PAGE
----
Technology

4 eye-catching tech products at the National Restaurant Association Show

Smart trash bins and computer vision are a couple of out-there innovations that could be making their way to restaurants soon.
Photo by Joe Guszkowski

Roaming the Tech Pavilion of the National Restaurant Association Show can be a somewhat repetitive affair. But technology is innovative by nature, and there are always a few diamonds in the rough that bring something truly unique to the table. 

Here are four examples that caught our eye at this year’s show.

Charging extra for the best table

Want the best seat in the house? You might have to pay for it.

A company called Tablz is allowing restaurants to sell reservations to their most popular tables. It integrates with the big reservations platforms like OpenTable and Resy and gives users the option to pick their table, for a price.

Those prices can range from as low as $5 for a spot at the sushi counter to as high as $150 at a high-end steakhouse. And company founder Frazer Nagy said customers seeking experiences and exclusivity are willing to pay that.

Restaurants keep 70% of the price and Tablz takes the rest. There’s no monthly subscription. 

About 100 restaurants across 20 multiconcept restaurant groups are currently using the technology.

Tablz interface

Tablz' reservation system gives guests a 3D walkthrough of the restaurant. / Photo by Joe Guszkowski

Letting customers create their own sauce ...

We wrote about the Heinz Remix machine last week, but seeing it in action was an experience worth mentioning.

The Remix is like Coca-Cola’s Freestyle machine, but for condiments. Customers can choose from one of four sauce bases, two of four flavor enhancers and three different intensity levels to create as many as 200 sauce combinations.

Heinz Remix

The Remix machine attracted a crowd at the show Monday. / Photo by Nico Heins

The different elements are dispensed individually into a cup, which is then shaken up by the machine to mix them together. As a Kraft-Heinz employee noted, this potentially messy process is accomplished without spilling any of the sauce.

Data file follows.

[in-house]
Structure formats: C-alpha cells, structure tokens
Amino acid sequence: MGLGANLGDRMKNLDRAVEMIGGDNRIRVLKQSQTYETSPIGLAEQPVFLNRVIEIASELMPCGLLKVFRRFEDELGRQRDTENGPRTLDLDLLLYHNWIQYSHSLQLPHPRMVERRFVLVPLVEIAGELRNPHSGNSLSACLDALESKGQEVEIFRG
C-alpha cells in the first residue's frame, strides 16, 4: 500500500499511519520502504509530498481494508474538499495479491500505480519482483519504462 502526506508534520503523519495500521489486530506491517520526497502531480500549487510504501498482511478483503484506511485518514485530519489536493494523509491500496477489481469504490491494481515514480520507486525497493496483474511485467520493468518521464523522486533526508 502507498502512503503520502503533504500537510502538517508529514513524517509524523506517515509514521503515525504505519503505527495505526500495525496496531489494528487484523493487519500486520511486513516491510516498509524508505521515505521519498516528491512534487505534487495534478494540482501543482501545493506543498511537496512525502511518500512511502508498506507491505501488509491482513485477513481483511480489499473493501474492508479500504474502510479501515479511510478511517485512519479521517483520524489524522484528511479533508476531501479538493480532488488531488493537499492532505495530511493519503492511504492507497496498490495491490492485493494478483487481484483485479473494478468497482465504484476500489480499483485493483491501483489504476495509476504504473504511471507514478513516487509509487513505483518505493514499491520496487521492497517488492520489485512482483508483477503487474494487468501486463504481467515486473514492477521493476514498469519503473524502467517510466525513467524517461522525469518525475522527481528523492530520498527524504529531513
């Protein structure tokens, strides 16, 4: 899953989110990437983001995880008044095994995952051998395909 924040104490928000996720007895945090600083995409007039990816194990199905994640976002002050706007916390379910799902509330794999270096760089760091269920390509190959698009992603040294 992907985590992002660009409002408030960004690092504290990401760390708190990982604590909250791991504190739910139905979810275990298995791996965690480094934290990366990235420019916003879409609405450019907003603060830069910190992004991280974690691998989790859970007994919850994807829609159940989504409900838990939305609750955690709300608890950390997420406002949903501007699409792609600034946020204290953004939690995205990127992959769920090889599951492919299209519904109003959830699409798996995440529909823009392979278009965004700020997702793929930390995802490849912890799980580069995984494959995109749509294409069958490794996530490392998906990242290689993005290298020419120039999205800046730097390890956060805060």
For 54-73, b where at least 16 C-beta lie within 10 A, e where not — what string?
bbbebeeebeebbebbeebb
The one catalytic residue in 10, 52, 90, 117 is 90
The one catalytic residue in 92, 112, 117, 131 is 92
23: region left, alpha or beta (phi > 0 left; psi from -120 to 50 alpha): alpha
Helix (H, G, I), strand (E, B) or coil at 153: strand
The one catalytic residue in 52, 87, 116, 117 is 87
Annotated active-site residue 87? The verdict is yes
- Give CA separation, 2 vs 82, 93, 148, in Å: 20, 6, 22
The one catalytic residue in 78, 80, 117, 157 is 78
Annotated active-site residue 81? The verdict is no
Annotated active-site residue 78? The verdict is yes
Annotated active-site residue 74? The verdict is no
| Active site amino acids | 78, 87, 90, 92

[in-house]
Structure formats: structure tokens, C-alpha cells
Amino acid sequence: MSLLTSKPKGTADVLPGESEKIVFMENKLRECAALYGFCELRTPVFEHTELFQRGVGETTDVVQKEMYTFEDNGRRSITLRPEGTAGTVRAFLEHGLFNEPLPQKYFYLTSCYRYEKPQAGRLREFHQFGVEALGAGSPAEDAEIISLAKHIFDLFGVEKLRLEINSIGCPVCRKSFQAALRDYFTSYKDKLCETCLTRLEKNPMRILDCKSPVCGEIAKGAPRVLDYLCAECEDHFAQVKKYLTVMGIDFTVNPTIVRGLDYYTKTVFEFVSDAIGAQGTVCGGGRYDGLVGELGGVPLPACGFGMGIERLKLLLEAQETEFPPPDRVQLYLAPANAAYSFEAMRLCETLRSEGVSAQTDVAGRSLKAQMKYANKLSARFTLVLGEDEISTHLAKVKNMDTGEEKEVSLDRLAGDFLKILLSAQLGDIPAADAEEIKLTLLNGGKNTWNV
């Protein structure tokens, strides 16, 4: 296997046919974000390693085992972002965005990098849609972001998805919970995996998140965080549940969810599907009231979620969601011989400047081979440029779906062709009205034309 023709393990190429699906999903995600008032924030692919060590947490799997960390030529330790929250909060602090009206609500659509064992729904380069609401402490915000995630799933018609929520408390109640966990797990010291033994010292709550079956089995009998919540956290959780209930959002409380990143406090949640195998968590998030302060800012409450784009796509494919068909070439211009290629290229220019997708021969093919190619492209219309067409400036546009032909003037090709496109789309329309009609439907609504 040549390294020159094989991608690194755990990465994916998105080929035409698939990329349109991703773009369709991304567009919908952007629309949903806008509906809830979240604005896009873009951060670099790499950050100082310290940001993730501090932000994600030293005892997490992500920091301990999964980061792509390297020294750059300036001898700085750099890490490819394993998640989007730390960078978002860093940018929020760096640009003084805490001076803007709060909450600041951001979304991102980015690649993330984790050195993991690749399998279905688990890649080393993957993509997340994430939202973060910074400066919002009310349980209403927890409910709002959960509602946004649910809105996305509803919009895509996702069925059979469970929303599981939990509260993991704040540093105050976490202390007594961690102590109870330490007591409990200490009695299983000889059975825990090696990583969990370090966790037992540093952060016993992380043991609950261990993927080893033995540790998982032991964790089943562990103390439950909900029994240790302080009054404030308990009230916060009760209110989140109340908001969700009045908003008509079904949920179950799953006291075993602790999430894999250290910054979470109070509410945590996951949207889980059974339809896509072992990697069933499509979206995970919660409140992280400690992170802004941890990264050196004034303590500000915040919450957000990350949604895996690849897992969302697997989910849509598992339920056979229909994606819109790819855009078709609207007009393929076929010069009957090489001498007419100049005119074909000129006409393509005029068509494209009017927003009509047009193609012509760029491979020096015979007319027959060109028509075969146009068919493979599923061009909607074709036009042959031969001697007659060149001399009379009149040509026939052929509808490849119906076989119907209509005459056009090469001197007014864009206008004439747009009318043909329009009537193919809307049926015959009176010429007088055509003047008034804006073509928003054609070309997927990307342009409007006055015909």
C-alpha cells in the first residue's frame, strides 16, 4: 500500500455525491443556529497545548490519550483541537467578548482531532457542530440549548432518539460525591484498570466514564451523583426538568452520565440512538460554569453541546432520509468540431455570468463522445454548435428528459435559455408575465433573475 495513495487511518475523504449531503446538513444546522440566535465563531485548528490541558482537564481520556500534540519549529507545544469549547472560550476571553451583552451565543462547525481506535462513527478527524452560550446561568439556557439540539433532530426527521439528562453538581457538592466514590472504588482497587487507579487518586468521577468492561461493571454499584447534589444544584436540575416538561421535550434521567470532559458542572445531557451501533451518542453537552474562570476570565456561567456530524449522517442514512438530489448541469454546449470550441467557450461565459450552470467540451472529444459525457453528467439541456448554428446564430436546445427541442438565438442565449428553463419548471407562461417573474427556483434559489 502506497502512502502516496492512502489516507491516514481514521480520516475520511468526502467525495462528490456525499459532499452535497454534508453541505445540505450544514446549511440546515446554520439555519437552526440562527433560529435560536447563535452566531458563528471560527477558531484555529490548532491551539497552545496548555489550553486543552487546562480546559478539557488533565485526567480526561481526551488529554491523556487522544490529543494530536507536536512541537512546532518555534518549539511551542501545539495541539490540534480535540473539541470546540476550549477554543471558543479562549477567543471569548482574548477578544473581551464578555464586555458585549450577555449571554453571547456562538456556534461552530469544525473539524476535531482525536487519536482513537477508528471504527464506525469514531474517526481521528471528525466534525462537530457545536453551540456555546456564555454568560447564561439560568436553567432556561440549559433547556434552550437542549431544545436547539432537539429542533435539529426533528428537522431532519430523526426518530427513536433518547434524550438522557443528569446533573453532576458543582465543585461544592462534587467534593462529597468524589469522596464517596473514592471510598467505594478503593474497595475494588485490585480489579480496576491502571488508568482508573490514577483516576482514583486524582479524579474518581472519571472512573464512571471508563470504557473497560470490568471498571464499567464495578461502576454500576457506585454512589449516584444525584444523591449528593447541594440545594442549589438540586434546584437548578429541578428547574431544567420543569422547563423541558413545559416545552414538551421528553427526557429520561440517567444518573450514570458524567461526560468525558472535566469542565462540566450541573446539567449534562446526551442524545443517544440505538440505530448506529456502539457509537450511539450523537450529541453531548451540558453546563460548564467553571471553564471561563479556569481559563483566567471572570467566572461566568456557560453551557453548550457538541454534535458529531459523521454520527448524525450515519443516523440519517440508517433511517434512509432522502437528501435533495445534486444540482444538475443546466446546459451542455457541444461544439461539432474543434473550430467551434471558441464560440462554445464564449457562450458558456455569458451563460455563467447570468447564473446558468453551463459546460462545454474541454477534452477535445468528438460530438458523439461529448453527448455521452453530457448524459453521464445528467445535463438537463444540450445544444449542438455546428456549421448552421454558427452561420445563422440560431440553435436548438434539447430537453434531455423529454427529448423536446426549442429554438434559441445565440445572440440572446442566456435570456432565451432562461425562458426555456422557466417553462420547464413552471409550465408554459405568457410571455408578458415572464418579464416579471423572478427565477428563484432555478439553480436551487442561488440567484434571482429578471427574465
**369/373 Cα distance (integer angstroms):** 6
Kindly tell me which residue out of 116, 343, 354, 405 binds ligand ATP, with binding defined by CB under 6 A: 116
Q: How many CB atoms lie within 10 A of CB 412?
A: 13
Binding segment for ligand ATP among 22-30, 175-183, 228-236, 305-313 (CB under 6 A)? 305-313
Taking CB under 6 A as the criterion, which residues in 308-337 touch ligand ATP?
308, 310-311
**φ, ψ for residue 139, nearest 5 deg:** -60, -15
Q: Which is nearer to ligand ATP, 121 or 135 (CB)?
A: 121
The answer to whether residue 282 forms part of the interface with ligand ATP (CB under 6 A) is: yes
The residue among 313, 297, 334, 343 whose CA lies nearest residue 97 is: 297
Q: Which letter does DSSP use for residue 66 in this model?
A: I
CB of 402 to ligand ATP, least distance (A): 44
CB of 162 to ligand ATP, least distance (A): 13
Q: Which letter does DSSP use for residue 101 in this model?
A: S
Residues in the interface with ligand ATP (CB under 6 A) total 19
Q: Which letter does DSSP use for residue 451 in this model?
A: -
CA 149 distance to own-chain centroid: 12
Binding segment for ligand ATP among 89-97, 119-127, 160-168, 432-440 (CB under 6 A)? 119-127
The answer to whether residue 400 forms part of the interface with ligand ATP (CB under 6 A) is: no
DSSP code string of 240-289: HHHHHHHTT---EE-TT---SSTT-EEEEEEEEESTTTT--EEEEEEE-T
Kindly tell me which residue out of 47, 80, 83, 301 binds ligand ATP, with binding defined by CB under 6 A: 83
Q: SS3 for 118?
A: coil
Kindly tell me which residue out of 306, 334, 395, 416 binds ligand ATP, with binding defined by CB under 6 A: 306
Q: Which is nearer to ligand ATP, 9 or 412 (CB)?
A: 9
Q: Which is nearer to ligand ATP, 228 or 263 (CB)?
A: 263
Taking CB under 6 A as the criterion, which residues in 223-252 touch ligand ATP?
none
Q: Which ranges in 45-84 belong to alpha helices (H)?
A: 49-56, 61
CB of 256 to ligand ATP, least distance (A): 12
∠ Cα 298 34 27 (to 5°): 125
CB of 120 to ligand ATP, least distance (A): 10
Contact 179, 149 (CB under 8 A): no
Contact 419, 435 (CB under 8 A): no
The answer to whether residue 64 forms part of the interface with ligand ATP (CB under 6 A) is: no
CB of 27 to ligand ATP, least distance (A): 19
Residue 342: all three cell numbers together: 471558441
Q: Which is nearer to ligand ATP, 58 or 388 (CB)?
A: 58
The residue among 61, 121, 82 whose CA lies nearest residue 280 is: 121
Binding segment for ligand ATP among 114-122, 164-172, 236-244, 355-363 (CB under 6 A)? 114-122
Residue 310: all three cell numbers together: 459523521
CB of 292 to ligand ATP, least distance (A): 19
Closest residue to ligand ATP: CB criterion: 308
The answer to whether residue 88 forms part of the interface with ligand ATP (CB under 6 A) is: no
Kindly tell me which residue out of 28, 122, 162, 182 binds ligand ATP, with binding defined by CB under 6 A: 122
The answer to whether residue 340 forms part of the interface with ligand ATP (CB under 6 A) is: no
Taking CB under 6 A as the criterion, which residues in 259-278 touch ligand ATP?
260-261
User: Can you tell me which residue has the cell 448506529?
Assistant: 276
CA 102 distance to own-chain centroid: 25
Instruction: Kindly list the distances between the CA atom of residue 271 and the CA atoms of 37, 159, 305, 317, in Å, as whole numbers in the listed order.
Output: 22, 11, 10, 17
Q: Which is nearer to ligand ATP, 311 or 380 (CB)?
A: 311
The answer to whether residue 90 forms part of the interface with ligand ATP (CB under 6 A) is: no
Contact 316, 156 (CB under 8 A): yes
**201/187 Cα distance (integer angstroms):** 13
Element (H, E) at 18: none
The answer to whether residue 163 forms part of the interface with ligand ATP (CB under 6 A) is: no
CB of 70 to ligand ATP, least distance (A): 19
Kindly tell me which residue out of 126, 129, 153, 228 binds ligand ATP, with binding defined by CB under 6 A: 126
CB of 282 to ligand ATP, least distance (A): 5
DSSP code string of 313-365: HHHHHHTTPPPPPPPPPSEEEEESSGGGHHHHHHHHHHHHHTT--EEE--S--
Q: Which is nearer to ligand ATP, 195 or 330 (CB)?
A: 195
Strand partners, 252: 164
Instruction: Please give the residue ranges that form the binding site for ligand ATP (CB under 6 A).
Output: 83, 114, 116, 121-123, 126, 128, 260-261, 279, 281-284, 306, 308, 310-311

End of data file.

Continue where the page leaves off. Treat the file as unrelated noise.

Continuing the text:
While the machine seemed to be attracting a lot of attention, don’t expect to see it in the wild anytime soon: The employee said just two have been manufactured, and the company has yet to settle on a price. But the goal is to start piloting it in restaurants later this year or early next.

Heinz Remix sauce

Smoky chipotle mango salsa, courtesy of the Heinz Remix. / Photo by Nico Heins

… and preview their pizza.

PreciTaste’s computer vision system is primarily designed to help operators track product levels so they know when to start prepping more and how much to prep.

But the company’s smart cameras can do a lot more than that, including at least one thing that would be a first for restaurants: allowing delivery customers to see their food before it goes out the door.

Account Executive Alex Reidess said PreciTaste has developed a system for pizza concepts that takes a picture of the finished pie and sends it to the customer for approval. 

Not only does this help with accuracy, but it also creates a record of the pizza to protect the restaurant in case something goes wrong in transit.

PreciTaste

PreciTaste's cameras can measure product levels in real time. / Photo by Nico Heins

Recycling smarter

The most interesting thing at the Coca-Cola booth this year (for a tech editor, at least) was not a drink but a trash can.

The beverage giant has partnered with a company called SmartSortAI on a high-tech recycling system that helps customers determine which bin to toss their waste in. 

A screen above the bins detects what a person is throwing away and then tells them whether it’s recycling, compost or landfill. 

The idea is to boost sustainability in the supply chain by making sure recyclable materials actually get recycled. It also eases a frequent pain point for eco-conscious consumers.

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